The digestive tract interfaces between an animal and its diet, playing a critical role in uptaking dietary nutrients. Dietary nutrient availability is central to the aphid/Buchnera nutritional symbiosis because deficient dietary amino acids must be synthesized by Buchnera. While Buchnera-containing bacteriocytes are abundant in females, males contain relatively few [34] and in extreme cases, males completely lack bacteriocytes [35,36]. This sex-based difference in a major nutrient provisioning cell type suggests that males and females differ in their ability to synthesize amino acids deficient in their diet. Differential amino acid biosynthesis could be compensated for by upregulating amino acid transporters in the male gut, enabling greater uptake of certain amino acids from phloem sap.

In contrast, other expression patterns we observed previously suggest an alternative possibility for male function. In addition to being enriched in gut, two of the male-biased paralogs (ACYPIslif6 and ACYPIslif10; Figure 2) were also enriched in the asexual female head [9]. These paralogs could thus function in any of the head tissues included in the analysis, such as brain, eyes, mouthparts, antennae, or salivary glands. These tissues suggest that the male-biased paralogs could be implicated in sensory functions, such as locating a mate.

The possibility remains that the male-biased paralogs have evolved a different expression pattern (and function) from asexual females. One possible role for these male-biased paralogs that we cannot predict from female expression profiles is a role in male reproduction, such as spermatogenesis. Although slimfast has never been implicated in spermatogenesis, related mammalian transporters (SLC7A1 and SLC7A2) deliver L-Arginine to rat seminiferous tubule cells [37], where spermatogeneis begins. Thus, divergence of some slimfast paralogs to fill a male reproductive role is plausible. In light of the molecular evolution results, paralog ACYPIslif10 is the best candidate for having a role in spermatogenesis since its terminal branch has experienced an extremely accelerated rate of non-synonymous substitutions (Table 3). Accelerated evolutionary rates are commonly associated with male-biased genes, especially genes involved in sperm competition [32]. While the accelerated ω we observed is consistent with both positive and neutral/relaxed selection, both types of selection can lead to functional divergence [38,39]. Additional studies can tease apart the various hypotheses we have presented for the role played by male-biased slimfast paralogs in aphid biology.

Insights on the maintenance of duplicate amino acid transporters in aphids

By pointing towards a derived evolutionary origin of male-biased function in slimfast, our results provide insights into a fundamental question of how the aphid genome retains the slimfast expansion and other nutrient amino acid transporter duplications [see also 9]. Given that most gene duplications fail to reach fixation [1], it is intriguing that the aphid genome possesses more nutrient amino acid transporters than other sequenced insects [9]. The presence of these duplicate amino acid transporters indicates that there must be a selective advantage to their maintenance. As mentioned above, we previously discovered that some duplicate nutrient amino acid transporters (including some slimfast paralogs) are highly enriched in bacteriocytes, leading us to hypothesize that these transporters mediate nutrient exchange across the A. pisum/Buchnera symbiotic interface [9]. A role in mediating endosymbiotic interactions strongly suggests that duplicate nutrient amino acid transporters and the slimfast expansion are maintained in the genome because they diverged to fill a novel role in symbiosis. The current study supports a different, but not mutually exclusive, hypothesis that the slimfast expansion (and possibly other nutrient amino acid transporter duplicates) is maintained because some paralogs diverged to fill novel, sex-specific roles. Future studies will be able to test the relative significance of symbiosis and sex in maintaining amino acid transporter gene duplications by examining the genetic architecture and expression of nutrient amino acid transporters in other phloem-feeding insects with different, less complex life cycles.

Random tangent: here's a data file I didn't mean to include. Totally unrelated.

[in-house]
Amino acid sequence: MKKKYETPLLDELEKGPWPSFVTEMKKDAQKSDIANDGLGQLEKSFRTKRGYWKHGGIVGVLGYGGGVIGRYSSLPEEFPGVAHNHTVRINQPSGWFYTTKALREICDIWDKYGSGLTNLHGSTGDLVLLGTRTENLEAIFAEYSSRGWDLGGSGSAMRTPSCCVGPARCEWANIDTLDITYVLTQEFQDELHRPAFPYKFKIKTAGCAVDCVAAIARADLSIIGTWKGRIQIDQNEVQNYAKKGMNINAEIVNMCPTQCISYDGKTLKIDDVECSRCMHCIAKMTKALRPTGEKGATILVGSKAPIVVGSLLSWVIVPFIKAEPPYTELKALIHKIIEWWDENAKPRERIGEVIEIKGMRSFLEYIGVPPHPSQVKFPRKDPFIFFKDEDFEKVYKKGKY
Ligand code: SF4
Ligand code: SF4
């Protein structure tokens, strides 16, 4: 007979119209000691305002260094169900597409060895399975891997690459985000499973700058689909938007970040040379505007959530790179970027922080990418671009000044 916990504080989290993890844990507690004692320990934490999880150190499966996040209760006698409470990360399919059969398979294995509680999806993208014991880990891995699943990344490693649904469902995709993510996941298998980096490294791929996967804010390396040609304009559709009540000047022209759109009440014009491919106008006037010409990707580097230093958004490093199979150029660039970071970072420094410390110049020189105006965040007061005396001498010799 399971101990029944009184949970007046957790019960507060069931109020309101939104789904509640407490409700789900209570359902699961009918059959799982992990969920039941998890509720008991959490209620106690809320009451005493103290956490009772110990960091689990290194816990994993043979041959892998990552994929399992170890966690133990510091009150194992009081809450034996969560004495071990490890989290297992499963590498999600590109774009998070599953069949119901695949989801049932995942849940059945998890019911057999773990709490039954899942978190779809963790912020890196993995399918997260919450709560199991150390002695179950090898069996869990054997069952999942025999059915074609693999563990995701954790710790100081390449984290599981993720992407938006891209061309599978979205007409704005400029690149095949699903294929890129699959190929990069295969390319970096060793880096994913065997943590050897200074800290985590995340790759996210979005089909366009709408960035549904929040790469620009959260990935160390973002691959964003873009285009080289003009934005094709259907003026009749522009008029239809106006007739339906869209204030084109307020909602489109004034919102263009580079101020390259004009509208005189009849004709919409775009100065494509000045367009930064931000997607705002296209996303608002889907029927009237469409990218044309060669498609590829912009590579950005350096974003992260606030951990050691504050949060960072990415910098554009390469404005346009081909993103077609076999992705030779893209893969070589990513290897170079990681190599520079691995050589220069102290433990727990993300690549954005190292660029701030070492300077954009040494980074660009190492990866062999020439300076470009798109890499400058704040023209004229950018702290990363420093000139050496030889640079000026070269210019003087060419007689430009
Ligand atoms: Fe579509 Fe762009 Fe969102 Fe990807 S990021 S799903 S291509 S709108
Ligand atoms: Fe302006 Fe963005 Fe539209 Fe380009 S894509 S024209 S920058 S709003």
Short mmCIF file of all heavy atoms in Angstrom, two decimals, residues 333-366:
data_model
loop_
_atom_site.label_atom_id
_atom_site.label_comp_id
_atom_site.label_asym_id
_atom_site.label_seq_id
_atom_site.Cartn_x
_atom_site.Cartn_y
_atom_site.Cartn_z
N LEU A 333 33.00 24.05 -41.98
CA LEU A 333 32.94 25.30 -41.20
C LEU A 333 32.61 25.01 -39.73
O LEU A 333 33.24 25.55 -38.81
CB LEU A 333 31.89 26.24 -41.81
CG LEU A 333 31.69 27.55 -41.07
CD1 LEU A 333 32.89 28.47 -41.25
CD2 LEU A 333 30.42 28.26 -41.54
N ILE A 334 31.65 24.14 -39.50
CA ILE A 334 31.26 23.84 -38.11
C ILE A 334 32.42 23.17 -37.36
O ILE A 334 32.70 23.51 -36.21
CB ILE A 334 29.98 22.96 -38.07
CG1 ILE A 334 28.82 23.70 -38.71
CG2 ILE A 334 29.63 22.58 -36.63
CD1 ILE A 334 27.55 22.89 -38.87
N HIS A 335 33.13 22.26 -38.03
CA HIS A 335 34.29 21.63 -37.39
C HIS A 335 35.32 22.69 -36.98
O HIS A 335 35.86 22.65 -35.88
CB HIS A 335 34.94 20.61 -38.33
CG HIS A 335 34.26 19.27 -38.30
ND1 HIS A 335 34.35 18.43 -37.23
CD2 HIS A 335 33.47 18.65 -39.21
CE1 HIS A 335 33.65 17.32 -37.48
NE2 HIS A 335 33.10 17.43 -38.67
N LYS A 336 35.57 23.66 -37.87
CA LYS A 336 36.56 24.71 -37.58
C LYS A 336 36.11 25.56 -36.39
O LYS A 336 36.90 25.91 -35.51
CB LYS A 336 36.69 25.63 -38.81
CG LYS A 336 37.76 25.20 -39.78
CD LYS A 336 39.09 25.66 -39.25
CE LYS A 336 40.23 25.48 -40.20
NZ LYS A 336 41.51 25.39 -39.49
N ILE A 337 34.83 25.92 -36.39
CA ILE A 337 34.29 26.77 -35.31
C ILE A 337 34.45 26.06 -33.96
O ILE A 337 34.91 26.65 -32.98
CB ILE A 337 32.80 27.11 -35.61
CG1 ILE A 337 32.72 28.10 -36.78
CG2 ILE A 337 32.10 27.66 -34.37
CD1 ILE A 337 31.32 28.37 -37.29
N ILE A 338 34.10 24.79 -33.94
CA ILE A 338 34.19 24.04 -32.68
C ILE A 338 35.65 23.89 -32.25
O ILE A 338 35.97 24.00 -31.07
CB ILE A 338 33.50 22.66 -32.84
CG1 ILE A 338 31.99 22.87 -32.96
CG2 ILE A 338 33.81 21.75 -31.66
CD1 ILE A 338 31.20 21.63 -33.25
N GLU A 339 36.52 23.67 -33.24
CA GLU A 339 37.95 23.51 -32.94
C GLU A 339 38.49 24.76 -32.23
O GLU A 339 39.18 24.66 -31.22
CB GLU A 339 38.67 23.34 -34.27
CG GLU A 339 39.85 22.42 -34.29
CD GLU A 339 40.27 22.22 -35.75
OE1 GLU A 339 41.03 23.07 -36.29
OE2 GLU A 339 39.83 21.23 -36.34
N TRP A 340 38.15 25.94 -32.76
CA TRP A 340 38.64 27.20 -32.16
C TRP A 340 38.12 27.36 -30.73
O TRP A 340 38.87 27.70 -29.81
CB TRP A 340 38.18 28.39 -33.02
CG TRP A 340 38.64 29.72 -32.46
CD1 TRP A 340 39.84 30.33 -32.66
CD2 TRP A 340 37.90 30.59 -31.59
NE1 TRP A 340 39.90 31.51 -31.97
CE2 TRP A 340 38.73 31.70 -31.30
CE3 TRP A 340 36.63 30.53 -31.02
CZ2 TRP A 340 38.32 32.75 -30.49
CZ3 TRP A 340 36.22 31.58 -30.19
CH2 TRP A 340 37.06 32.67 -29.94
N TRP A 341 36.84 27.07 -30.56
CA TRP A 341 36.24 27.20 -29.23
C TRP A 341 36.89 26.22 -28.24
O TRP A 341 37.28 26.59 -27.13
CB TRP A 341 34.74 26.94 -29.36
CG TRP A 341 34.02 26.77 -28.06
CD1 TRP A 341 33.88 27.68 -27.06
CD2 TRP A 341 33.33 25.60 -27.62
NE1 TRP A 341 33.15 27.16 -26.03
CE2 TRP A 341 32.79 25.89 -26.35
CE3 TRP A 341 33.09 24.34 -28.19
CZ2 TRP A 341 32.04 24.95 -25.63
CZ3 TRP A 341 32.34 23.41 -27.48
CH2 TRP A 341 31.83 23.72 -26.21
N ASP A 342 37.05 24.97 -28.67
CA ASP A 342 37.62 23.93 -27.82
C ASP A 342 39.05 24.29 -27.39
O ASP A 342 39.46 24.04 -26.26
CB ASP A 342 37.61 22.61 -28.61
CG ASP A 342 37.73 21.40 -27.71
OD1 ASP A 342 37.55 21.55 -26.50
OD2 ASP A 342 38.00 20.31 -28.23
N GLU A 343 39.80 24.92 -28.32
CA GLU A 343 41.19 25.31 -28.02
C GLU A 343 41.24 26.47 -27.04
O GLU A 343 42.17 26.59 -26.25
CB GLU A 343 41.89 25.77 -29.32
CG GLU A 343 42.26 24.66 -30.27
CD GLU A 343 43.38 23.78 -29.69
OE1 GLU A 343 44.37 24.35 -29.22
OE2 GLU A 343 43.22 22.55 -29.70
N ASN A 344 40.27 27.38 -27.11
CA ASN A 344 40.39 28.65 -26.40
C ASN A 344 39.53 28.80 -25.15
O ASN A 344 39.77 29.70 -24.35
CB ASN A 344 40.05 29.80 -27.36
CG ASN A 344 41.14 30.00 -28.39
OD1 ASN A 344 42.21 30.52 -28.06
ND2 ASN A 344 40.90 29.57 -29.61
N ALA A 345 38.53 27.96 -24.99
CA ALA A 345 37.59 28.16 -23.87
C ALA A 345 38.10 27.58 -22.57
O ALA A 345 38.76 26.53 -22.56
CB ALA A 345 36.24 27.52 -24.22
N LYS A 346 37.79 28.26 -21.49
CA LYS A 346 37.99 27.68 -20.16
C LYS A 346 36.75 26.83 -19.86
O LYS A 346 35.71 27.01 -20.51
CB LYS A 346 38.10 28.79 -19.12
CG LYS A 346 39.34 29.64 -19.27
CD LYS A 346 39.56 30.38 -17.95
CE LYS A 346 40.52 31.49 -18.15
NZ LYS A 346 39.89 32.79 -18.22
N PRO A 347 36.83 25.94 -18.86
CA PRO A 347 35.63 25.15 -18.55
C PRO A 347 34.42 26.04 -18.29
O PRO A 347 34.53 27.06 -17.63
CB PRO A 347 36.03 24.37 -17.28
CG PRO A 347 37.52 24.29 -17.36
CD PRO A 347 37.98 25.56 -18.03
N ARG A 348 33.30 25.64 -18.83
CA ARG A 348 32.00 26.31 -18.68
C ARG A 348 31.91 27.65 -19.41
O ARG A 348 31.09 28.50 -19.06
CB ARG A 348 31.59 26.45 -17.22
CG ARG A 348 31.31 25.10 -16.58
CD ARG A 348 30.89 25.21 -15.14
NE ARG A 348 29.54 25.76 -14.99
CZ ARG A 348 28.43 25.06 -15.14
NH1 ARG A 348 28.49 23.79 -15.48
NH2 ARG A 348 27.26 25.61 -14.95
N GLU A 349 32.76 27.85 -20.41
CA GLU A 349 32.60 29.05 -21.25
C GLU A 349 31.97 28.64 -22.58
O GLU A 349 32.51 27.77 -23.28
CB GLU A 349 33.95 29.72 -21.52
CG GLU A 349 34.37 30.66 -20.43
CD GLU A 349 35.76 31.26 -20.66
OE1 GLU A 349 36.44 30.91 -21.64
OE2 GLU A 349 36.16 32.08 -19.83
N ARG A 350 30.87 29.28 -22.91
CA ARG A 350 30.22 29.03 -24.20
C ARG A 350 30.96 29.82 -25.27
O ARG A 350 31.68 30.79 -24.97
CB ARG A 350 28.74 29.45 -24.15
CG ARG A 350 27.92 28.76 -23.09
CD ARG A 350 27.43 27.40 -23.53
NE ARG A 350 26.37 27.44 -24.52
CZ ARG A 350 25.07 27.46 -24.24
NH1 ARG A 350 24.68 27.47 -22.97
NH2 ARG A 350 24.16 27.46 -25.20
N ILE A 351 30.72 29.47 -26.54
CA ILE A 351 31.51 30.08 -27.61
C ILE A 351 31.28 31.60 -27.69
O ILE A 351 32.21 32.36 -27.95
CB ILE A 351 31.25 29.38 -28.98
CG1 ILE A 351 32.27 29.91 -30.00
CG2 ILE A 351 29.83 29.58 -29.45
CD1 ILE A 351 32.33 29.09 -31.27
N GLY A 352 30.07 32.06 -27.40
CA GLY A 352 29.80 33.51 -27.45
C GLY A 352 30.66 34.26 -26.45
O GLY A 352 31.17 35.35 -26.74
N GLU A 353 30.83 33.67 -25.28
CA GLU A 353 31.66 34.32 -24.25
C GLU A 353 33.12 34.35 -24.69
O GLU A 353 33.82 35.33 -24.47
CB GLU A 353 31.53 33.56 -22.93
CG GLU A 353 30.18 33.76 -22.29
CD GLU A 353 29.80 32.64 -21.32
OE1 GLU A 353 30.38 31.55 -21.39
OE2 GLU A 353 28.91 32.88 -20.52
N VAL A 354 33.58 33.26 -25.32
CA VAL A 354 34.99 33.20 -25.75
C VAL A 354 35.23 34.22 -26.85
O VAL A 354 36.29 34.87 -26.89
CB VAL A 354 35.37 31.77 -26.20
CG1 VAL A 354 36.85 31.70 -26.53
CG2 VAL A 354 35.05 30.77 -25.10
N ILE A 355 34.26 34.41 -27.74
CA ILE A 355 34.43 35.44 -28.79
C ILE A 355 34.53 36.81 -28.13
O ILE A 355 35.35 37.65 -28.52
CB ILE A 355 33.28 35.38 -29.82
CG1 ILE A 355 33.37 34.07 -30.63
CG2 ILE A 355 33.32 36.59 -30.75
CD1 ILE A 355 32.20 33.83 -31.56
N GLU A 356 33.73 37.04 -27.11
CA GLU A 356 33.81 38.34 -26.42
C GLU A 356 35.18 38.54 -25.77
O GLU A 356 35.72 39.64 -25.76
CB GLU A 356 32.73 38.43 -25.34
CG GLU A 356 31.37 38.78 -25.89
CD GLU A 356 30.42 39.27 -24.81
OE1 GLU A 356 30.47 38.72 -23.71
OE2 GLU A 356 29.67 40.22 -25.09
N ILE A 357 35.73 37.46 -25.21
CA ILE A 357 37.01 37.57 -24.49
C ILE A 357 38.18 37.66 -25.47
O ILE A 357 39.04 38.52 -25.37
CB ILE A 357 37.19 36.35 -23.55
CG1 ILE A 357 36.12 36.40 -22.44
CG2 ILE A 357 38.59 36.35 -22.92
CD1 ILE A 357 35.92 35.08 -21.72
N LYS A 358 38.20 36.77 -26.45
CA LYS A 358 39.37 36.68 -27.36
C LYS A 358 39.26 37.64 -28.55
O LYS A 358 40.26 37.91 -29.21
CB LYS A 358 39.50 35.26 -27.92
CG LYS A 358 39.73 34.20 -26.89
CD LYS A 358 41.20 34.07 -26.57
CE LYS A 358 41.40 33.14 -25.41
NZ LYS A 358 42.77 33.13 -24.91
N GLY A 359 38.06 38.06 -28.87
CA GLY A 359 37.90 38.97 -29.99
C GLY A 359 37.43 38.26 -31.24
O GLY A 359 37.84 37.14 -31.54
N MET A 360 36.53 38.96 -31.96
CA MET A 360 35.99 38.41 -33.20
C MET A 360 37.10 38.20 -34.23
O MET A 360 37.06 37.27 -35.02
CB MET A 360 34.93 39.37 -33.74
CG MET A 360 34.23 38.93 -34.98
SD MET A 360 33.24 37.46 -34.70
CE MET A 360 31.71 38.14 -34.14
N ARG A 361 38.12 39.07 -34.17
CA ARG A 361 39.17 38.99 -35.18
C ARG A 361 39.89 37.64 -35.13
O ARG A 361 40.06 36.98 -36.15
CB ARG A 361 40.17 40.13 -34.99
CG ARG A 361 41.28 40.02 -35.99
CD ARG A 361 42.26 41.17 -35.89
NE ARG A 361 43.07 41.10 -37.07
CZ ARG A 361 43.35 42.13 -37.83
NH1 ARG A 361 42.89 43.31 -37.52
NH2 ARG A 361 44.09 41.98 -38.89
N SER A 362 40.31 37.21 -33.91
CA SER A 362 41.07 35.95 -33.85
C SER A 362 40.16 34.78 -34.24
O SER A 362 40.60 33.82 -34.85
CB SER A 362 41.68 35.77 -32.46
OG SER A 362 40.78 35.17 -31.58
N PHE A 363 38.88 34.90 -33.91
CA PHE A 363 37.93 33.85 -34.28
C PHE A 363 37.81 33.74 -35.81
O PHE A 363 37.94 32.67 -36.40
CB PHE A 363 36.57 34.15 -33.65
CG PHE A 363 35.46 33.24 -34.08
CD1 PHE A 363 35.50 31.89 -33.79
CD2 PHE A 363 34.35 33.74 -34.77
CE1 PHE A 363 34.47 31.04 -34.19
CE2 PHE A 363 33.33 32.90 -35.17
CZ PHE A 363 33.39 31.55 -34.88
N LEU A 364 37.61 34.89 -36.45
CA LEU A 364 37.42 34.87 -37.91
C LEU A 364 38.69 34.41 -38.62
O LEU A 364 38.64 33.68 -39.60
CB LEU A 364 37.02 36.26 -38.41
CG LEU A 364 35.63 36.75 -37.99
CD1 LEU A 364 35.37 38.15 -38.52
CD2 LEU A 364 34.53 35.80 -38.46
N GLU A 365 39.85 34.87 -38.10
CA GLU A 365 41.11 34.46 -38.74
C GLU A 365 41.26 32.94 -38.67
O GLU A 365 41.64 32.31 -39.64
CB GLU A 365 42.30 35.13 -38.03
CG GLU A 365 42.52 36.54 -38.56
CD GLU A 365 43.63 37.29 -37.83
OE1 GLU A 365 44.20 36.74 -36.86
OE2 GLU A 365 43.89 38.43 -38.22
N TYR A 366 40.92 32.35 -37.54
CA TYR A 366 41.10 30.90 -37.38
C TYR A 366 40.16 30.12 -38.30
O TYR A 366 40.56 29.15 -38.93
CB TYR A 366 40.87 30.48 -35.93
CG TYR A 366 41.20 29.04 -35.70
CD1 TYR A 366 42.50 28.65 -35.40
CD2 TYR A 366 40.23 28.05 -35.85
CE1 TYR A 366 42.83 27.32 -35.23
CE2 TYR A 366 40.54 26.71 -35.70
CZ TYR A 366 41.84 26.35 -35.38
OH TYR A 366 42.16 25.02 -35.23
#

Conclusions

This study is the first to report evidence for a male function of the nutrient amino acid transporter slimfast. Using a microarray and QPCR, we identified three male-biased slimfast paralogs in an aphid-specific gene family expansion, and two of those paralogs had conserved expression profiles across two aphid species. By integrating different sources of knowledge on the function and expression of slimfast and related nutrient amino acid transporters, we propose competing hypotheses for the function of male-biased slimfast in male-dependent nutritional, sensory, and reproductive functions.

This study highlights the necessity of examining different types of expression data for functionally annotating genes in novel genomes. While our previous work showed evidence that the aphid slimfast expansion is maintained in the A. pisum genome because some paralogs evolved a novel role in mediating symbiotic interactions [9], this study extends the hypothesis for the maintenance of the slimfast expansion to include paralog divergence for unexpected sex-dependent functions. The integration of different expression profiles to assist in functionally characterizing genes is particularly important for novel genes in all organisms, including gene duplications, which have the potential to evolve divergent functions from homologous genes present in single copies in other organisms.

Methods

Design, execution, and statistical analysis of microarray experiments